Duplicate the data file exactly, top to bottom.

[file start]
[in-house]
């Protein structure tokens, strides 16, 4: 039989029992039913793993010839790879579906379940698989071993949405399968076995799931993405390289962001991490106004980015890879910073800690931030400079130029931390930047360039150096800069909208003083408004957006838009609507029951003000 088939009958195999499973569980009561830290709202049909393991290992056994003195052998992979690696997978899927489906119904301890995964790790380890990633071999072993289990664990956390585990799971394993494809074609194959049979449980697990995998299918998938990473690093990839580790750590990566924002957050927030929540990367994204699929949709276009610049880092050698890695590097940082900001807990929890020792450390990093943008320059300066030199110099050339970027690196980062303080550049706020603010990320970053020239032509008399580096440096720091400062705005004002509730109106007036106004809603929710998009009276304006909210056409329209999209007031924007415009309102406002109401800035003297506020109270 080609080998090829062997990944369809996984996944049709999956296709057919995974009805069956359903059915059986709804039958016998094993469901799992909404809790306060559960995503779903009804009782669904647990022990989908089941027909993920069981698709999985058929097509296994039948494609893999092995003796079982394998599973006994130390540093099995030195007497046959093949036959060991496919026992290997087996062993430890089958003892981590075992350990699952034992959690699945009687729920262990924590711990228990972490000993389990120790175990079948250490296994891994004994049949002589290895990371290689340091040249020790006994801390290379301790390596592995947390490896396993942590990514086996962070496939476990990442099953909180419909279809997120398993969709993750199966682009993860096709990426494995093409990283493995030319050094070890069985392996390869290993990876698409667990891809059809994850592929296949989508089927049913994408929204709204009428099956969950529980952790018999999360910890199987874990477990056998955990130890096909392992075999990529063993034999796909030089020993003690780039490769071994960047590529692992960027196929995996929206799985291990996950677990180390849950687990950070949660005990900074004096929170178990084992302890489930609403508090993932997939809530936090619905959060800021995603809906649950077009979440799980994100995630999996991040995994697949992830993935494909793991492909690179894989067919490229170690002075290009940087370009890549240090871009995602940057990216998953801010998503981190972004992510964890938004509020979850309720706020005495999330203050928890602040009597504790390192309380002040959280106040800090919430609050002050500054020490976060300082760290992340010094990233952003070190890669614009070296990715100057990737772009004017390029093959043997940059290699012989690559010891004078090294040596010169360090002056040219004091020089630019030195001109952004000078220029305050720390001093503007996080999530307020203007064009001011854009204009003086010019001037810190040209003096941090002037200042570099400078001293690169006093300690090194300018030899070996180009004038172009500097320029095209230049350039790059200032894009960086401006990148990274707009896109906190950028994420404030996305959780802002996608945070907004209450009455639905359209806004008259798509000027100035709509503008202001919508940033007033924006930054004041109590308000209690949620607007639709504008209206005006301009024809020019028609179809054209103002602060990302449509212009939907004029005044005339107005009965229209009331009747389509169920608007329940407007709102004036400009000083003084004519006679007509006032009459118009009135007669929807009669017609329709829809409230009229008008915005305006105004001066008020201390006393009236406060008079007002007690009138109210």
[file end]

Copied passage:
[in-house]
């Protein structure tokens, strides 16, 4: 039989029992039913793993010839790879579906379940698989071993949405399968076995799931993405390289962001991490106004980015890879910073800690931030400079130029931390930047360039150096800069909208003083408004957006838009609507029951003000 088939009958195999499973569980009561830290709202049909393991290992056994003195052998992979690696997978899927489906119904301890995964790790380890990633071999072993289990664990956390585990799971394993494809074609194959049979449980697990995998299918998938990473690093990839580790750590990566924002957050927030929540990367994204699929949709276009610049880092050698890695590097940082900001807990929890020792450390990093943008320059300066030199110099050339970027690196980062303080550049706020603010990320970053020239032509008399580096440096720091400062705005004002509730109106007036106004809603929710998009009276304006909210056409329209999209007031924007415009309102406002109401800035003297506020109270 080609080998090829062997990944369809996984996944049709999956296709057919995974009805069956359903059915059986709804039958016998094993469901799992909404809790306060559960995503779903009804009782669904647990022990989908089941027909993920069981698709999985058929097509296994039948494609893999092995003796079982394998599973006994130390540093099995030195007497046959093949036959060991496919026992290997087996062993430890089958003892981590075992350990699952034992959690699945009687729920262990924590711990228990972490000993389990120790175990079948250490296994891994004994049949002589290895990371290689340091040249020790006994801390290379301790390596592995947390490896396993942590990514086996962070496939476990990442099953909180419909279809997120398993969709993750199966682009993860096709990426494995093409990283493995030319050094070890069985392996390869290993990876698409667990891809059809994850592929296949989508089927049913994408929204709204009428099956969950529980952790018999999360910890199987874990477990056998955990130890096909392992075999990529063993034999796909030089020993003690780039490769071994960047590529692992960027196929995996929206799985291990996950677990180390849950687990950070949660005990900074004096929170178990084992302890489930609403508090993932997939809530936090619905959060800021995603809906649950077009979440799980994100995630999996991040995994697949992830993935494909793991492909690179894989067919490229170690002075290009940087370009890549240090871009995602940057990216998953801010998503981190972004992510964890938004509020979850309720706020005495999330203050928890602040009597504790390192309380002040959280106040800090919430609050002050500054020490976060300082760290992340010094990233952003070190890669614009070296990715100057990737772009004017390029093959043997940059290699012989690559010891004078090294040596010169360090002056040219004091020089630019030195001109952004000078220029305050720390001093503007996080999530307020203007064009001011854009204009003086010019001037810190040209003096941090002037200042570099400078001293690169006093300690090194300018030899070996180009004038172009500097320029095209230049350039790059200032894009960086401006990148990274707009896109906190950028994420404030996305959780802002996608945070907004209450009455639905359209806004008259798509000027100035709509503008202001919508940033007033924006930054004041109590308000209690949620607007639709504008209206005006301009024809020019028609179809054209103002602060990302449509212009939907004029005044005339107005009965229209009331009747389509169920608007329940407007709102004036400009000083003084004519006679007509006032009459118009009135007669929807009669017609329709829809409230009229008008915005305006105004001066008020201390006393009236406060008079007002007690009138109210």